Generally speaking, we like Police Chief Michael Harrison and the NOPD. We think Chief Harrison is at least trying to do a good job within the budget and directives set by Mayor Landrieu. But there are serious neglect-of-duty and abuse-of-power issues hovering over the NOPD including yesterday’s City Council dialogue on the mishandling of sex-crime and child-abuse cases. It is unfortunate that Chief Harrison did not address this problem before being forced to do so by a scathing report from IG Ed Quatrevaux. Even though Deputy Chief Arlinda Westbrook complied some frightening statistics that found wide-ranging administrative policy violations, no officer has been disciplined in the seven months since Quatrevaux’s initial report because of the prevailing good-old-boys network inside the NOPD where they protect their own.
Yesterday’s announcement by Mayor Landrieu that the MacArthur Foundation was providing $150,000 for a study regarding our high incarceration rates was good news indeed. New Orleans has the highest incarceration rate per capital of any jurisdiction in the country — quadruple the national average. Since 2010 we have jailed more than 10 out of every 1,000 residents. Why does New Orleans and Louisiana incarcerate so many people — especially African-American males, who make up 90% of the prison population? Criminal justice public policy trends during the Clinton era and beyond encouraged incarceration for all offenders, including those awaiting trail and parole violators.
As Acadiana-based gubernational candidate and Public Service Commissioner Scott Angelle made the rounds at a Cajun Fais Do Do held in his honor last night in New Orleans, he reminded the close to 100 attendees that Louisiana voters have a history of electing governors who hail from Acadiana — Edwin Edwards and Kathleen Blanco — and that several of our recent governors — Mike Foster and Buddy Roemer — were early dark horses. One of nine children whose father headed up the state’s Wildlife and Fisheries department and passed down his passion for the environment, Angelle was quick to differentiate himself from front-runner U.S. Senator David Vitter and his old boss Bobby Jindal. Angelle is promoting himself as a populist; a bottom-up (not top-down) politician who believes that legislators have earned the right to be equal partners in government and who will listen to the needs of everyday citizens. “I’ll be someone you and your family can come to with your problems,” Angelle said. Angelle started out as a problem-solving Democratic local elected official in St.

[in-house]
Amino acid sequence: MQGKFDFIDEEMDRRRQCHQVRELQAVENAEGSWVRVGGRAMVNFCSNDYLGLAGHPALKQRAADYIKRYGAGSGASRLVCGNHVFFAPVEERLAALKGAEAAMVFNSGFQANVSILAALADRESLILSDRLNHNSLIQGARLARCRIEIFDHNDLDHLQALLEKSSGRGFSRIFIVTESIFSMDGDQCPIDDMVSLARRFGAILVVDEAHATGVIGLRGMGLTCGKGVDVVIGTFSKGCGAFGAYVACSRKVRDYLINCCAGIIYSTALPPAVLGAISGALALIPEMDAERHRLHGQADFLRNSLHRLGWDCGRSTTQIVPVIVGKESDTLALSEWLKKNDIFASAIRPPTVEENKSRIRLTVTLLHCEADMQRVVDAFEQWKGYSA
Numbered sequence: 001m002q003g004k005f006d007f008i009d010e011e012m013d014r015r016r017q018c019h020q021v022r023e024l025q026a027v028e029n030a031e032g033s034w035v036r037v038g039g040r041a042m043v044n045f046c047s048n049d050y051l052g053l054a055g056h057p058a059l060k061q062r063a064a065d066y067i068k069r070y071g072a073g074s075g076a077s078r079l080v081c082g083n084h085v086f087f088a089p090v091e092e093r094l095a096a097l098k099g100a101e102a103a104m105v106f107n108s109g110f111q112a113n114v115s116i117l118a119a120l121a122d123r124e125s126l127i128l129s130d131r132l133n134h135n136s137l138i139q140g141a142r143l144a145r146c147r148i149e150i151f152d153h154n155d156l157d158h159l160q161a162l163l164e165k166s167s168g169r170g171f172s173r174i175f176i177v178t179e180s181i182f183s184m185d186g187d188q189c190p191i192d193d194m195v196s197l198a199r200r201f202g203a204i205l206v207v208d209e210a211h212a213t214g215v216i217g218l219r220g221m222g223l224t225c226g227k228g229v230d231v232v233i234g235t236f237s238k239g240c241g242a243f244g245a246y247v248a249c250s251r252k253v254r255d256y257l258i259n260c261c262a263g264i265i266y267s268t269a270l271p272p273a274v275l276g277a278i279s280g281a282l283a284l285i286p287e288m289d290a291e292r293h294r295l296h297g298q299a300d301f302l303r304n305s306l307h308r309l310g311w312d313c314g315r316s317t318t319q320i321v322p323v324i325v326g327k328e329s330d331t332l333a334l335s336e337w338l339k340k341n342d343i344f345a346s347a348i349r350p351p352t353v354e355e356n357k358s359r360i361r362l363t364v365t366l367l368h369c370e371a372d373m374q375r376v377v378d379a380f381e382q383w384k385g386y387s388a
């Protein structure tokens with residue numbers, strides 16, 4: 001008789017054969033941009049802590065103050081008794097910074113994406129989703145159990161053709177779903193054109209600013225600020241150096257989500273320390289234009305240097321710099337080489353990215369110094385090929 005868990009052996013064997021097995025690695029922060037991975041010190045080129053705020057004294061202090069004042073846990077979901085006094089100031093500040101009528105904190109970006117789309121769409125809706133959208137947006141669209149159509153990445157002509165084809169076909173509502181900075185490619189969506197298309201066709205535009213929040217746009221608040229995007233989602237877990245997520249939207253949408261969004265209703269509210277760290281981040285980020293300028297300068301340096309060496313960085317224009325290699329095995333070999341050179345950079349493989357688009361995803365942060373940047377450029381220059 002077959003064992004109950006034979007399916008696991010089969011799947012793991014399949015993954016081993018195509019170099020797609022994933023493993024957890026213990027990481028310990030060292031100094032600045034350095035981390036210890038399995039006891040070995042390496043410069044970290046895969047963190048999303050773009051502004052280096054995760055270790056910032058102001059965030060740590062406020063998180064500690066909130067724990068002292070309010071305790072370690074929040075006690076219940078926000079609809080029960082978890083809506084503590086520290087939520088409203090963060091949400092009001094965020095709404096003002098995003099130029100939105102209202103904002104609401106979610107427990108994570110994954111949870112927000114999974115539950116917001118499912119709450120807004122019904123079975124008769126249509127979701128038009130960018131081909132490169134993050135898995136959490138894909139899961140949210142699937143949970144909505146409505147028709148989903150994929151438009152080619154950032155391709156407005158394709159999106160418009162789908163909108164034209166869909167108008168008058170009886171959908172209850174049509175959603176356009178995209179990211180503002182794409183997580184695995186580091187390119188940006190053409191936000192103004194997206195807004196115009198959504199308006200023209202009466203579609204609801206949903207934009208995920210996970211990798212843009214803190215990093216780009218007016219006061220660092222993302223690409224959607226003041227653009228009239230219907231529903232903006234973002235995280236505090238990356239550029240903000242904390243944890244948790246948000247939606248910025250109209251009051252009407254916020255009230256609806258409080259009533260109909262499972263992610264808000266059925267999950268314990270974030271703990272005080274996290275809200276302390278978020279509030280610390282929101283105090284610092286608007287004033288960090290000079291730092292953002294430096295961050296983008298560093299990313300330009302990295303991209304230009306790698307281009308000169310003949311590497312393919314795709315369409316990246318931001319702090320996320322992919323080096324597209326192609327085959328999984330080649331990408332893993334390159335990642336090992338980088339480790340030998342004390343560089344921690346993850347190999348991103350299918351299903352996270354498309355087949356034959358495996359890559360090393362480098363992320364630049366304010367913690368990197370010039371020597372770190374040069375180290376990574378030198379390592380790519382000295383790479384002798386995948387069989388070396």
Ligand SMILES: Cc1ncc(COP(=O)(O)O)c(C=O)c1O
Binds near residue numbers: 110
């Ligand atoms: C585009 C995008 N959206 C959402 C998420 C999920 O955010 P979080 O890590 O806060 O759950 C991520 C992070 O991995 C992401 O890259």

Americans rich and poor, old and young, paused yesterday to remember the 150th anniversary of the assassination of America’s first martyred commander in chief, Abraham Lincoln. Lincoln is often considered America’s greatest president, polling way ahead of even George Washington. A self-educated lawyer born in Kentucky’s western frontier, Lincoln became an early leader in the newly formed Republican Party and always spoke out against the expansion of slavery. Lincoln won the presidency by sweeping the North, causing the Confederate States of America to be created even before he was sworn in as America’s sixteenth president. Unlike many of our current elected officials, Lincoln felt very strongly about the need to reunite our nation which slavery had bitterly divided.
Louisiana donors will get their first chance to view former Florida Governor Jeb Bush’s all-but-declared presidential candidacy up close and personal when Bush comes to New Orleans on April 15 as the special guest at U.S. Sen. David Vitter’s fundraising reception. Dozens of Louisiana’s heavy-hitter Republican donors — and a few Democrats too — are sure to find their way to the Metairie estate of Joe Canizaro, one of the most prolific bundlers in the Gulf South. In the most recent polls we’ve seen, Bush is neck-and-neck with Wisconsin Gov. Scott Walker for the lead but the race has barely begun. On the Democratic side of course, Hillary Clinton’s support has simmered down from a couple of months ago. But there is still no challenger on the horizon.